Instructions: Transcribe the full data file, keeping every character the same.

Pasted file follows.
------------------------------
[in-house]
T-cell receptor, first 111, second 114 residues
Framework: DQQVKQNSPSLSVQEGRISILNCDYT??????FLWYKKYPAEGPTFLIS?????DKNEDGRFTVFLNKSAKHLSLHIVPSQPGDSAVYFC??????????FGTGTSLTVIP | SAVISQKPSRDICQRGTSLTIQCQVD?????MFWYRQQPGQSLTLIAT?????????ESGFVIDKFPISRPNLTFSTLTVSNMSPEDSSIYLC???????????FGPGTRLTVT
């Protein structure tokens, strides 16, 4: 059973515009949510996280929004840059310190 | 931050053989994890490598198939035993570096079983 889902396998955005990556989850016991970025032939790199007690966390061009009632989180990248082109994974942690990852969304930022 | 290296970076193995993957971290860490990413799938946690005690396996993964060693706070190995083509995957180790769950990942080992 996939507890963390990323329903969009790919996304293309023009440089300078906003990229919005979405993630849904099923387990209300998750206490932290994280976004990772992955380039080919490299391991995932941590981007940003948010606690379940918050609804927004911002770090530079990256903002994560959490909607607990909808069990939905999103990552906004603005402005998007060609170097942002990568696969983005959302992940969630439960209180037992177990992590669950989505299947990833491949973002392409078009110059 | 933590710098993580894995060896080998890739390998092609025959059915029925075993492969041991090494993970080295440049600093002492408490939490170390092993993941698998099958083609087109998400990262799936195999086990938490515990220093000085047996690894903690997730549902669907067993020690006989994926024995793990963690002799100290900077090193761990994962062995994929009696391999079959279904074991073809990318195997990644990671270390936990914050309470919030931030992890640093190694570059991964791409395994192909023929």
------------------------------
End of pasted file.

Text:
[in-house]
T-cell receptor, first 111, second 114 residues
Framework: DQQVKQNSPSLSVQEGRISILNCDYT??????FLWYKKYPAEGPTFLIS?????DKNEDGRFTVFLNKSAKHLSLHIVPSQPGDSAVYFC??????????FGTGTSLTVIP | SAVISQKPSRDICQRGTSLTIQCQVD?????MFWYRQQPGQSLTLIAT?????????ESGFVIDKFPISRPNLTFSTLTVSNMSPEDSSIYLC???????????FGPGTRLTVT
């Protein structure tokens, strides 16, 4: 059973515009949510996280929004840059310190 | 931050053989994890490598198939035993570096079983 889902396998955005990556989850016991970025032939790199007690966390061009009632989180990248082109994974942690990852969304930022 | 290296970076193995993957971290860490990413799938946690005690396996993964060693706070190995083509995957180790769950990942080992 996939507890963390990323329903969009790919996304293309023009440089300078906003990229919005979405993630849904099923387990209300998750206490932290994280976004990772992955380039080919490299391991995932941590981007940003948010606690379940918050609804927004911002770090530079990256903002994560959490909607607990909808069990939905999103990552906004603005402005998007060609170097942002990568696969983005959302992940969630439960209180037992177990992590669950989505299947990833491949973002392409078009110059 | 933590710098993580894995060896080998890739390998092609025959059915029925075993492969041991090494993970080295440049600093002492408490939490170390092993993941698998099958083609087109998400990262799936195999086990938490515990220093000085047996690894903690997730549902669907067993020690006989994926024995793990963690002799100290900077090193761990994962062995994929009696391999079959279904074991073809990318195997990644990671270390936990914050309470919030931030992890640093190694570059991964791409395994192909023929």